TH: It’s not so much trying to mimic a specific ‘free gift’ approach but more about making the most out of a physical object. With so many fantastic digital options available to comic creators and publishers, there really needs to be a *reason* for the comics to exist in print. Beyond the high production values of the organic inks, high quality paperstock, and lithographic printing techniques – I also wanted to make each volume a boutique object that is uniquely suited to the content and theme of each book. The first book contained mini-comics as a nod towards the humble small-press UK comics scene and my fondness for the charm of crude, photocopied booklets. Both books come with a newspaper insert which references a Sunday funnies approach. A tradition which informs the American comics scene and which has thus informed our understanding of the artform too. These additions are carefully considered and, if anything, have more in common with the McSweeney’s Quarterly Concern approach to publishing.

AL: How is it funded? Surely production and distribution costs eat up a lot…. (the free style bag-for-life is kinda pretty)

TH: Yeah, Philippa did a superb job with that design. I fund Solipsistic Pop myself. Using savings and whatever freelance work comes my way on top of my full-time job. It’s a struggle. And it has meant that publishing my own work has had to take a slight backseat. But it’s worth it. I’m incredibly proud of these first two volumes and I’m already excited about my plans for Solipsistic Pop 3.

AL: There’s a question I should have asked you but my girlfriend just broke up with me. What was the question and it’s answer?

TH: Oh… um… wow, this is awkward…

You buy a copy of the newly released Solipsistic Pop via their website. Volume 1 was subtitled and themed “Broken” and the new edition, “Middle”

Ralph Kidson on Working with Daleks and Animals

A re-blog from the archives of my regular column for Alltern8; Comicking.

Interview Ralph

Ralph Kidson is the creator of Captain Dolphin, Sad Animal and Envelope and Stick. He’s also the funniest cartoonist in Britain. Around the late nineties, his unique work inspired a cult readership, the sort of cult that sometimes accidentally pee their pants when laughing. Maybe.

His recent booklets include “Doctors’ Waiting Room”, a work of masterful observation, cracking comedy skills and hidden manifesto for alt. comics distribution. “Animal Jobcentre” followed directly and in much the same way records the ludicricousness of the everyday through his unique “RalphieVision”. “Dalek Home Guard” arrived fairly shortly after. Here, Ralph uses the the language of “Dad’s Army”, a classic British sitcom about WWII troops, to create a bridge between old and new and dark and comic-lite interpretations of the Daleks.(Update: Or so I thought. Having seen the trailer for this week’s ‘Churchill’s Daleks’ episode of Doctor Who, I wonder if he might have had foreknowledge of it’s content.)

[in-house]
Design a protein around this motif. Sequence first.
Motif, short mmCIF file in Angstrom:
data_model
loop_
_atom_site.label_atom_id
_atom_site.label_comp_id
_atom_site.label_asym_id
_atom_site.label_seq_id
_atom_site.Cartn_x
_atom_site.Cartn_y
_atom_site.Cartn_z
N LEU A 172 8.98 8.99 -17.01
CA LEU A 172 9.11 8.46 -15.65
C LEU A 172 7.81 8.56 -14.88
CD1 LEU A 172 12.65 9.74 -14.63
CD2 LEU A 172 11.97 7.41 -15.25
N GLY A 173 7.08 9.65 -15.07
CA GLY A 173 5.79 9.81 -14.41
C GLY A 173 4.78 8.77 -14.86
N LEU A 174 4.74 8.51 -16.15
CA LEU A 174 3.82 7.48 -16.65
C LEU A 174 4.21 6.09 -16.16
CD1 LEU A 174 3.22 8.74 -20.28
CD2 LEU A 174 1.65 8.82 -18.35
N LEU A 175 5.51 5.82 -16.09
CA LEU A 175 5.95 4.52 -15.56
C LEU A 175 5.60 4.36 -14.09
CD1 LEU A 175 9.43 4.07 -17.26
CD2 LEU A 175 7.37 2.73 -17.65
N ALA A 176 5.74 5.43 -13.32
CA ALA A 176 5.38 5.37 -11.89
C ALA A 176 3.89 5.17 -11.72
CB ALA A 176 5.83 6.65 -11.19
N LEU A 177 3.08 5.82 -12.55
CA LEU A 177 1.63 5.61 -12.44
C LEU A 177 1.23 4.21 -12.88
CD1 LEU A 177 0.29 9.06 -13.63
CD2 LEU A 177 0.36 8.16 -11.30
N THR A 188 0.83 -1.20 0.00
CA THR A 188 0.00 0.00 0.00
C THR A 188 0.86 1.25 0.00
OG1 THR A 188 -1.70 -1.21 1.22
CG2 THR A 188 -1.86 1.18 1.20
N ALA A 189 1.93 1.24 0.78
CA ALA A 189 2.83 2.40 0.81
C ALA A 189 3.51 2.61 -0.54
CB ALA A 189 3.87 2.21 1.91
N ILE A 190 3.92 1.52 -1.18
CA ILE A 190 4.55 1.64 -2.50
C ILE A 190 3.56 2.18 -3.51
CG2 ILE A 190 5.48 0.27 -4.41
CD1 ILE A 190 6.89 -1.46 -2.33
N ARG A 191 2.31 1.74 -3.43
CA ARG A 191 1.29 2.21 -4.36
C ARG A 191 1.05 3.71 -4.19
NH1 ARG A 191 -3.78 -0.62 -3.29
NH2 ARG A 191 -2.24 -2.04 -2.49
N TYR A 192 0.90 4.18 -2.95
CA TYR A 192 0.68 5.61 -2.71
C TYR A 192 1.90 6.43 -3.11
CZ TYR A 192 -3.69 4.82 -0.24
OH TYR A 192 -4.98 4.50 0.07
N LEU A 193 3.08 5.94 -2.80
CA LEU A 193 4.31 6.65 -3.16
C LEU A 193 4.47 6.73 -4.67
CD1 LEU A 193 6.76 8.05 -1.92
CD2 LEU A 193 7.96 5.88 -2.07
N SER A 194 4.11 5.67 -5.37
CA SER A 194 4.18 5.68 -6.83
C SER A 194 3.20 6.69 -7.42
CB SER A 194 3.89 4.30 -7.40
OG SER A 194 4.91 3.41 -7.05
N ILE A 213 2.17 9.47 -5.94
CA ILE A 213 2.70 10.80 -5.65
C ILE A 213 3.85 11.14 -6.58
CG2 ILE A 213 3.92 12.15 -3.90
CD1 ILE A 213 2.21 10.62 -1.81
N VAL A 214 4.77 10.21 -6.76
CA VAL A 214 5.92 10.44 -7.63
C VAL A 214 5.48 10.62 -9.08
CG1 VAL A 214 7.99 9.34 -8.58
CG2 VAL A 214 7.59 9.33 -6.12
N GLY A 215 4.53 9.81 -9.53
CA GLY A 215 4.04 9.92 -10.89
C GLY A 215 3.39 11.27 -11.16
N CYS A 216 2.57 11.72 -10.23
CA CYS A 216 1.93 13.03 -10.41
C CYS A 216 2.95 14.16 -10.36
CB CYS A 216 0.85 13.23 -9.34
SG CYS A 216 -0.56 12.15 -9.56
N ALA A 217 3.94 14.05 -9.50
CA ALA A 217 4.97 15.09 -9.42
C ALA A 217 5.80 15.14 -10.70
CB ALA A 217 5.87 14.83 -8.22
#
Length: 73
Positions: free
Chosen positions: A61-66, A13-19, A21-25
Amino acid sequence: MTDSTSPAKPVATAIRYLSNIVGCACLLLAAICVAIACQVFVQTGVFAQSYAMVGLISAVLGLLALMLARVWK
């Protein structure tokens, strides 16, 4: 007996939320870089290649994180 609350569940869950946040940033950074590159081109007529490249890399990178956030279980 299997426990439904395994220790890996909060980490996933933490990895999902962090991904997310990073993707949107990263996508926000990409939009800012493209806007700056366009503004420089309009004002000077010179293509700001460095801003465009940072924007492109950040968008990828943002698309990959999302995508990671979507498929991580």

I bunged a few pairs of briefs in the wash, and sat down to ask Ralph some questions about his work.

Andy Luke: I was wondering if you could clear something up for me? I heard a story from Pete Ashton that you produced a comic on a door, with hinges acting as staples. This apparently was sold at the art auction at the Caption comics festival one year, with the buyer having some difficulty getting it onto the bus..

Ralph Kidson: It wasn’t a door, not as big as that! Me and a guy called Rich Smith (Teenage Suicide) got together to make a giant free-standing comic for one of the ‘Sofa’ Brighton small-press group’s gallery shows. There were about 3 or 4 of these shows in the mid-90’s…anyway, it was Rich’s idea, I blame him. We went and bought about 10 big ( 4 foot high, I’d say,x 2 foot wide ) sheets of plywood, painted ’em white, let ’em dry, then painted a really awful comic on the ‘pages’, plus a cover and back-cover. It was ‘bound’ I think by just drilling 2 holes in the side of each sheet, then tying ’em all together with cord or string.
We set out to make it as offensive as we could, with lots of babies and grannies and wheelchair-bound folk being slaughtered in a supermarket, lots of swearing, references to Satan etc., in the hope that a local newsman might wander in, see it, and write an inflammatory piece about the show corrupting the minds of young Brightonians or something. Bit of publicity, get the punters in…but no-one batted a fucking eyelid!

AL: A layman might look at your comics and think they’re junk. Asides from writing great pacing and dialogue, the panels are often actually quite detailed and worked. I’m also aware you have a fine portrait skills. So why the minimalist approach?

RK: Um, I dunno, I’ve just always drawn comics like that. I think that really all comic strip or book art is a very codified way of reforming what we see around us. The key thing for me has always been clarity of expression, having the image work completely in sync with the words or ideas, and not distract from the ‘whole’. I really really hope that people don’t read my stuff and get held up every other panel thinking ‘Jesus, what’s wrong with that guy’s ARM…why is his HEAD so big?’ or stuff like that,